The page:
A new guide book for Japanese tourists visiting Scotland has warned them to avoid people wearing football shirts, and not to eat flat sausages.
The first official Japanese tour guide to Scotland also suggests visitors avoid council estates and never call kilts "skirts".
Written in Japanese, The Insider's Guide to Scotland is published by Edinburgh-based Luath Press.
VisitScotland said the comments should be taken with a "pinch of salt".
In the book, potential visitors are told never to approach men wearing green or blue football tops, but to make sure they go on a pub crawl and get "merrily drunk" on Scottish whisky.
The book recommends that tourists try Mackie's honeycomb ice-cream and ginger marmalade, but to give Lorne sausages a miss.
One of the book's authors, Akiko Elliot, said: "I believe more Japanese will find the nature and culture of Scotland interesting and fascinating.
"Until now the emphasis of Scottish tourism was on visiting famous historical sites or playing golf, but younger people are showing a keen interest."
The tourist guide advises Japanese tourists on how to buy drinks at a local pub, including instructions on buying "a round", and also suggests visitors should have a "kitty" when going out as a group.
But the book is less positive about Scotland's service sector, warning: "Please do not expect to have the same quick, polite and accurate service here to compare with Japanese service at shops, restaurants and hotels.
"Be patient anywhere in Scotland, it is not Japan."
The book also warns Japanese visitors "never" to call a Scottish person English.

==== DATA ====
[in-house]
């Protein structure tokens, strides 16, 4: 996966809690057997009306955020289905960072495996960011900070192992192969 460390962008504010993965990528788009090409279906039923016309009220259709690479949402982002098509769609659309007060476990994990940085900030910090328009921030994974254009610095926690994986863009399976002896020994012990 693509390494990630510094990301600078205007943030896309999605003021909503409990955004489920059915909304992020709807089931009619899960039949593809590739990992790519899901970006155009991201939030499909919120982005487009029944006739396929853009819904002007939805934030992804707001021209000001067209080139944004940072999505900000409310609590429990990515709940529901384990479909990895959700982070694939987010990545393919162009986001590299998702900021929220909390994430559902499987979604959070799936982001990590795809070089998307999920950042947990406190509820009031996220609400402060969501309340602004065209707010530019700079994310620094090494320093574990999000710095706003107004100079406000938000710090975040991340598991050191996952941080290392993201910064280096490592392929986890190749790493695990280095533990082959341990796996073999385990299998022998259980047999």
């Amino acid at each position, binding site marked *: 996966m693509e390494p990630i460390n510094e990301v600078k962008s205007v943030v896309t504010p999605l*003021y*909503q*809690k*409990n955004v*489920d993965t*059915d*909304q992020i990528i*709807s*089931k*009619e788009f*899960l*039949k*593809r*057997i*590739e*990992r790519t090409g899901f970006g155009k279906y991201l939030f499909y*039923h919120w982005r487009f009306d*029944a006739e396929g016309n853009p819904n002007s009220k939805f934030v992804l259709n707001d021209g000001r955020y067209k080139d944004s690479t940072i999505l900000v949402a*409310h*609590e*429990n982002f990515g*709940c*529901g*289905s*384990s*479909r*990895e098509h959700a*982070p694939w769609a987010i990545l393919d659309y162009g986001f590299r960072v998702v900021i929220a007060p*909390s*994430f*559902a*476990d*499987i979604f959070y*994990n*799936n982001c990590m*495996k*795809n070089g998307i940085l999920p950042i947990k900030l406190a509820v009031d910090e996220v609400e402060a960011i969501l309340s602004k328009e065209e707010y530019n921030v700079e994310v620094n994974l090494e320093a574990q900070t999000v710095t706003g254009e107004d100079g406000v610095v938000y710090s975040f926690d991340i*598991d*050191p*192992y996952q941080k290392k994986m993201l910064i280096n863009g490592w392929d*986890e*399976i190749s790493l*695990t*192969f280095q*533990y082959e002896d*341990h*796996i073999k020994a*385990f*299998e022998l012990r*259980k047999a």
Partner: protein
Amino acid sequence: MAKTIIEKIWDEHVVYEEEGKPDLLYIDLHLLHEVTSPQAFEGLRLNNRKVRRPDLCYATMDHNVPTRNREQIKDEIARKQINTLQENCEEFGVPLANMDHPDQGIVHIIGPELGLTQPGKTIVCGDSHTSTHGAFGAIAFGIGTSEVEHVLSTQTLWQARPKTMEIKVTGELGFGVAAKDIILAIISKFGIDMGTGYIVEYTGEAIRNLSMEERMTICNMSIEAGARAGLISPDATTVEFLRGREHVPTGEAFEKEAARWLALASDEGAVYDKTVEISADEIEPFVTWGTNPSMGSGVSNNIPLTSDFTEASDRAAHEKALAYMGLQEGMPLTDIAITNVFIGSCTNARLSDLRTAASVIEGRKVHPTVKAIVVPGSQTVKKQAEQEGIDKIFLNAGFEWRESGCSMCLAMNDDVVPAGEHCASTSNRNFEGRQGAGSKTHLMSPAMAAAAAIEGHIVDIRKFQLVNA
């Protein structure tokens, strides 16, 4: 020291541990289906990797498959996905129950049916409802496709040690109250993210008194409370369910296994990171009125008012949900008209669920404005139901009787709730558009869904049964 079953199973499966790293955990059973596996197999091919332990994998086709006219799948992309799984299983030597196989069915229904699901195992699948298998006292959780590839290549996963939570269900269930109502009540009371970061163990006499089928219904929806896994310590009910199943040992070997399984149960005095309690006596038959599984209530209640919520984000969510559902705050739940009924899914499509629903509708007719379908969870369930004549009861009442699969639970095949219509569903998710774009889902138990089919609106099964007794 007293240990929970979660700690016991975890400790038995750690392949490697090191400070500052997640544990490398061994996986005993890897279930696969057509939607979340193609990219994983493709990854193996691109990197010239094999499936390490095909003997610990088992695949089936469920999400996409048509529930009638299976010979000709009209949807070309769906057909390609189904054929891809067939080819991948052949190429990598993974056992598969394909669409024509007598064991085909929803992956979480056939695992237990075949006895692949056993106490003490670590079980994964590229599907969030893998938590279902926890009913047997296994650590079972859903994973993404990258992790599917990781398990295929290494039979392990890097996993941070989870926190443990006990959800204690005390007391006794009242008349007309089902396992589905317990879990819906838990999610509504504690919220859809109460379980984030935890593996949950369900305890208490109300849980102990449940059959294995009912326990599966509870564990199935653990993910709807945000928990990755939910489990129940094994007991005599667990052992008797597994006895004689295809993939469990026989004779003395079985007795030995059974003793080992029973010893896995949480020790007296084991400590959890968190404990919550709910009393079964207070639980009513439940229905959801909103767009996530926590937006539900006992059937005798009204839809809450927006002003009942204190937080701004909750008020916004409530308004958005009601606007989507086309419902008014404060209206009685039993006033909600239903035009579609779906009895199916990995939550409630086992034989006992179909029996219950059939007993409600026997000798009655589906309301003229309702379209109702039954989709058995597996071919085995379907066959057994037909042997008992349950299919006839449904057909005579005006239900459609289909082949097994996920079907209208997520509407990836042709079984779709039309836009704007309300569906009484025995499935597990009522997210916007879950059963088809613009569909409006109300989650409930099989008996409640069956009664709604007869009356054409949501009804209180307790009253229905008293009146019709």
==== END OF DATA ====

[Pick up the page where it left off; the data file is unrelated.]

One section of the book is dedicated to explaining why many Scottish people do not carry umbrellas with them at all times.
The guide said: "When it rains, it seems only a handful of people use umbrellas in Scotland. That puzzles Japanese quite a lot because in Japan people would carry umbrellas all the time or leave the spare ones at the office for sudden showers."
Visitors to Scotland are encouraged to get "merrily drunk," to visit whisky distilleries, sample Scottish-staple Irn-Bru and use the word "aye" - which translates as "love" in Japanese.
A VisitScotland spokesman said the comments in the guide should be taken with "a pinch of salt".
He said: "Scotland is ideally placed to capitalise on the Japanese market due to our fantastic tourism offering that we know is of huge interest with this market and a great relationship that has been built up over the years.
"The comments within the book should be taken with a pinch of salt and are probably indicative of the Scots sense of humour but clearly there's a wealth of information in the book that showcases Scotland at its very best."